cheating

09 May 2013

i disagree with conrado de quiros that

… something has changed, and that is the public expectation of cheating. Few now seriously consider we’d be back in Arroyo’s time when it could be expected as a matter of course. Though concerns have been raised about the source code, some clamoring for it to be made public, they have not been of the scale or stridence they were three years ago. And unless there are glaring or eye-popping gaps between expectation and result, the elections will generally be taken, like the previous one, as reasonably clean. 

the only reason that public expectation of cheating is lower than usual is that the voting masses don’t really understand the gobbledygook of source codes and PCOS machines and CF cards, and how they were quite likely manipulated in 2010, and will likely be manipulated on may 13.   this is one of those things about which the public have not been adequately informed, hence, they are in no position to conclude that cheating will or will not happen.  this is one of those times when voters trust their leaders, their candidates, to show them the way, and since candidates aren’t complaining, neither are the voters.  i guess candidates want to stay on the good side of the brilliantes comelec’?

only in the philippines.  in effect, we are taking brillantes’ word for it that the source code and PCOS machines and CF cards can be trusted to count our votes honestly, correctly, never mind that these machines have not undergone rigorous examination and testing and have not been pronounced safe and tamper-proof by our own IT experts, and never mind that brillantes is wanting in credibility, as jarius bondoc intimates..

• Brillantes was election-lawyering for Noynoy Aquino and Jojo Binay in 2010 when the Comelec wrongfully leased 76,000 PCOS units from Smartmatic. “Wrongfully,” because the Venezuelan impostor was a mere system integrator — a middleman. Still the Comelec paid it a whopping P7.2 billion. The Comelec also hired disreputable SysTest, whose license had been suspended for two years for testing fraud.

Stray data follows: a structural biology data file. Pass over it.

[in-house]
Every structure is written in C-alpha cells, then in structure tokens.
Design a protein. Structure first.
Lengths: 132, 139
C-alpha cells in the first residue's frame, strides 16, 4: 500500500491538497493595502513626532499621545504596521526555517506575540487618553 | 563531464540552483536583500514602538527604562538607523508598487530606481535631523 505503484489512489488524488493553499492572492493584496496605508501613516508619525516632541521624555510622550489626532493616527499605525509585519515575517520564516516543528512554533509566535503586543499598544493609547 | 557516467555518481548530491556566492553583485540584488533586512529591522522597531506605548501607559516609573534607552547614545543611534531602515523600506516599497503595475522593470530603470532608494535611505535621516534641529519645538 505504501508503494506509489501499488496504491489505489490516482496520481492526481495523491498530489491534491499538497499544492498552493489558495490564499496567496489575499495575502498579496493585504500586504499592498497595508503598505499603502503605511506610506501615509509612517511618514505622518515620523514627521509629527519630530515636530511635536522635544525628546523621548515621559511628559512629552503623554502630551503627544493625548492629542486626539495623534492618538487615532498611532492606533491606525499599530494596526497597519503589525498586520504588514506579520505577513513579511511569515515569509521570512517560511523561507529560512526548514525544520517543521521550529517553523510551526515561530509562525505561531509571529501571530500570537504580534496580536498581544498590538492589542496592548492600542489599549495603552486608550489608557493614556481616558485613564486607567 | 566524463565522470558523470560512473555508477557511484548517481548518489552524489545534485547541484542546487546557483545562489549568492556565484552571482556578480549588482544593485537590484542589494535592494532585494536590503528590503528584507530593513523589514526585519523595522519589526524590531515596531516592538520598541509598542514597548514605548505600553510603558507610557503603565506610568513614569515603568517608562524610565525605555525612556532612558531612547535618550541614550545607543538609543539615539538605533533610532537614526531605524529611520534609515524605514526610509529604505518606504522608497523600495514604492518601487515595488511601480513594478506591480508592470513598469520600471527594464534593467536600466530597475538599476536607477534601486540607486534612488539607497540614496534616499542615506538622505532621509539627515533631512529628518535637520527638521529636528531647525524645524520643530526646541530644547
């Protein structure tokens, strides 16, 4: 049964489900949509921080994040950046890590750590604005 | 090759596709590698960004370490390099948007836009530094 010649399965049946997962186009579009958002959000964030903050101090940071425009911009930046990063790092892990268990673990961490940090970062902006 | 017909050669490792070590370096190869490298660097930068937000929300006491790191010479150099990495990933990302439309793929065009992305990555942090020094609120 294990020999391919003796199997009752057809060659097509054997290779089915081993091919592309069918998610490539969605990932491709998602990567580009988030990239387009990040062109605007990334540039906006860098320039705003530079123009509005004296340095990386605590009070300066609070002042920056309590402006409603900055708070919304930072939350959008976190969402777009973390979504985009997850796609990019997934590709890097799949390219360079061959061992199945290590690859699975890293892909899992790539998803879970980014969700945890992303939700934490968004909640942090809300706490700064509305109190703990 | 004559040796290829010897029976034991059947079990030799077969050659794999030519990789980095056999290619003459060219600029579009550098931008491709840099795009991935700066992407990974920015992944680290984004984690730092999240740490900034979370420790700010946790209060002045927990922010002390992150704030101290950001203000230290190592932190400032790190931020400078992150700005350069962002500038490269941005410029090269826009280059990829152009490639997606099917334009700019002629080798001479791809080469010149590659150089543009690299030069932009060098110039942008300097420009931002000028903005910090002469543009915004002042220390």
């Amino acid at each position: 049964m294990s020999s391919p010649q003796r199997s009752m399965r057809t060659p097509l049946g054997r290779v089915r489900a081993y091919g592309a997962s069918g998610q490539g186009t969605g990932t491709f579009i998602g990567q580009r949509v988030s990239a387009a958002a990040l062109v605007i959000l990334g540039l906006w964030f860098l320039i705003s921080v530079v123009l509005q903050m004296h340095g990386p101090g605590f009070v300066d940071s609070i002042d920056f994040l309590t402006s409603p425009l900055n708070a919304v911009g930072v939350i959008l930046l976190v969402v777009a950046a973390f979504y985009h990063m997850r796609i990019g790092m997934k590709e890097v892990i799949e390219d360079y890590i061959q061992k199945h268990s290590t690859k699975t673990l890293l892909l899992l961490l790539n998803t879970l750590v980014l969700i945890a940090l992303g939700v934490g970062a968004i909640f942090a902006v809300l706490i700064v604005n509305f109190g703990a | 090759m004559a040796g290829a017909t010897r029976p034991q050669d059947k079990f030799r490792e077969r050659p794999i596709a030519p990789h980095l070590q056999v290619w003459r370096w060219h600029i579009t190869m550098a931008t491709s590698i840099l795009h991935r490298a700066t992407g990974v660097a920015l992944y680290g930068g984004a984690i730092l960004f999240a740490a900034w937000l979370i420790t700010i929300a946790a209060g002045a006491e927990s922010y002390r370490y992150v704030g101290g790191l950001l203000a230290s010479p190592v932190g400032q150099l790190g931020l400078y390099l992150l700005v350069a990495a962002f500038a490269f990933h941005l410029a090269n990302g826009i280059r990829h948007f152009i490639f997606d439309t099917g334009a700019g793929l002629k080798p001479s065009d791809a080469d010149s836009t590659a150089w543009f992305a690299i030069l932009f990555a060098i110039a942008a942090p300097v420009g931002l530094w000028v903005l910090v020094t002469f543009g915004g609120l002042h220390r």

• Enter Brillantes as Comelec chairman in January 2011. That was when his law firm was collecting P8 million from Smartmatic in behalf of a secret client. Too, the Comelec then was contemplating to buy from Smartmatic 5,000 PCOS units for P600 million for the Muslim Mindanao election (later postponed to synchronize with Election 2013). It’s unclear if Brillantes knew about Smartmatic’s con game and went along with it, or if the firm fooled him too. In March 2012 he bought Smartmatic’s 82,000 earlier leased PCOS units, for P1.8 billion….

and what about this, still from de quiros:  “… unless there are glaring or eye-popping gaps between expectation and result, the elections will generally be taken, like the previous one, as reasonably clean.”

whose expectation?  eye-popping to whom?  the prez?  the veep?  or the voters?

it’s unfortunate that results will be under a cloud of doubt, obviously, for lack of transparency.  unfortunate because there is now a rising consciousness about dynastic politics and how decades of it has only mired the nation in poverty.  it would be great if the results of the may 13 elections were credible, every vote honestly counted, so we could see whether or not such rising awareness has reached significant heights.

if, as in 2010, the usual famous names top yet again the senate polls, regardless of party or no-platform, that would tell us that mainstream and social media and civil society are failing to communicate the message, failing to reach and connect with, the voting masses.  either that, or the voting masses are so poor and so grateful for a sack of rice or free celfone load or a few hundreds in cash, a matter of life and death possibly, so the attitude is, a little now is better than nothing, until the next disaster of an election.

it would be a fantastic surprise if, despite vote-buying and cheating, a few, or even just one or two, new or not-too-famous names were to make it to the winning 12.  what a wonderful message that would send.

12 Responses to cheating

  1. May 9, 2013 at 9:16 pm

    I’m struggling to find the right words to describe the image I have of Philippine elections that are characterized by the flippancy of vote-peddling, the broad electorate’s focus on name rather than substance, COMELEC’s knee-jerk dictates being dragged to the Supreme Court for a TRO, and the fragile electronic protocols upon which the fate of the nation rides. The best I can come up with is HOLY SH*T!

    • May 9, 2013 at 10:40 pm
      jojie

      Joe@A :=) Amen…. God bless the Philippines!!!!!

  2. May 10, 2013 at 5:29 am
    GabbyD

    i’m interested in learning more about cheating (alleged) in 2010.